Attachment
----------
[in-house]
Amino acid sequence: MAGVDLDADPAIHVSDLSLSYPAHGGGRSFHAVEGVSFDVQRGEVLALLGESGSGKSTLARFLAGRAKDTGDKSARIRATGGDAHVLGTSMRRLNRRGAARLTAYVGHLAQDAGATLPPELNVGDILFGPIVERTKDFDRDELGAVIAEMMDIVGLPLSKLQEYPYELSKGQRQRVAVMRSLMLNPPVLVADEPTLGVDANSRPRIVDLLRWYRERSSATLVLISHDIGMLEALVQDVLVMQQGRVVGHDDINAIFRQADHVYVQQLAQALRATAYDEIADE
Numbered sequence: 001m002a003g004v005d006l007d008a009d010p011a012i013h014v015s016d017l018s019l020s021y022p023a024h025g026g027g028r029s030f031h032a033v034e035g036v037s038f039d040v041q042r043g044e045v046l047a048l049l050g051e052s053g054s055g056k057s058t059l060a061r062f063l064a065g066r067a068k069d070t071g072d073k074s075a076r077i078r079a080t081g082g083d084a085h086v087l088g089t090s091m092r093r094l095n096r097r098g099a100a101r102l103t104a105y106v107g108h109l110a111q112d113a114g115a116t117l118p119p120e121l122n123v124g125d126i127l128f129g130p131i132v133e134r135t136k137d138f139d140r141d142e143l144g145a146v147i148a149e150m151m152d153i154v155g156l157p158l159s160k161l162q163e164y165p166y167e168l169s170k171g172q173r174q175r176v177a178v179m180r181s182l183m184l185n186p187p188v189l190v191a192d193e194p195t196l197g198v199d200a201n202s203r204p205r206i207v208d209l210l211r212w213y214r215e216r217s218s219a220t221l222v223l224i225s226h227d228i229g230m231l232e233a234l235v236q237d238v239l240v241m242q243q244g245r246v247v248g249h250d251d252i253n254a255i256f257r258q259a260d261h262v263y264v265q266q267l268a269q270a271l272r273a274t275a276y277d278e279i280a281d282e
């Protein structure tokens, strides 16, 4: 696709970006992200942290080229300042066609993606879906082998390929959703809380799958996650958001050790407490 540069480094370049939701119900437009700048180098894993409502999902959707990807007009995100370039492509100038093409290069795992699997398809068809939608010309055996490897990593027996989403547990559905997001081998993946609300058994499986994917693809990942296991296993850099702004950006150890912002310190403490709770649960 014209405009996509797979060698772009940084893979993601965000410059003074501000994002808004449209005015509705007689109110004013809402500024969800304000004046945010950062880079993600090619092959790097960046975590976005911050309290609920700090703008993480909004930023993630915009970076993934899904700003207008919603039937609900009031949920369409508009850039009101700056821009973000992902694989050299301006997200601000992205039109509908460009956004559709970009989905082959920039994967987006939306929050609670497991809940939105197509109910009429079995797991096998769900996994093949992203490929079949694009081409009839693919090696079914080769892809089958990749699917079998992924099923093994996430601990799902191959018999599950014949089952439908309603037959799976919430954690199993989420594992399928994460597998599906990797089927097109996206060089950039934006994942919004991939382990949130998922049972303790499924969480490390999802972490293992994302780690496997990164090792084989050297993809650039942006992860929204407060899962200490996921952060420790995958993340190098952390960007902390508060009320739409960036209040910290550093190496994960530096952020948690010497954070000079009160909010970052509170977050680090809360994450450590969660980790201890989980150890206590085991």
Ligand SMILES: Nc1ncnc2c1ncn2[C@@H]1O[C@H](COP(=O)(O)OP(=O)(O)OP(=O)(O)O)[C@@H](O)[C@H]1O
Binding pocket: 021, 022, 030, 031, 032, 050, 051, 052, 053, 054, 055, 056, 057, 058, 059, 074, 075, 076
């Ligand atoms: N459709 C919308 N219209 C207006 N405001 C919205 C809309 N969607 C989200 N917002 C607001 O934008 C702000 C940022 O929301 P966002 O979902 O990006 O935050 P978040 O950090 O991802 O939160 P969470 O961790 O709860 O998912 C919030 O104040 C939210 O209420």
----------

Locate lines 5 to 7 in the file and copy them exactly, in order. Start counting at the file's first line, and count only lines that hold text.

Ligand SMILES: Nc1ncnc2c1ncn2[C@@H]1O[C@H](COP(=O)(O)OP(=O)(O)OP(=O)(O)O)[C@@H](O)[C@H]1O
Binding pocket: 021, 022, 030, 031, 032, 050, 051, 052, 053, 054, 055, 056, 057, 058, 059, 074, 075, 076
């Ligand atoms: N459709 C919308 N219209 C207006 N405001 C919205 C809309 N969607 C989200 N917002 C607001 O934008 C702000 C940022 O929301 P966002 O979902 O990006 O935050 P978040 O950090 O991802 O939160 P969470 O961790 O709860 O998912 C919030 O104040 C939210 O209420």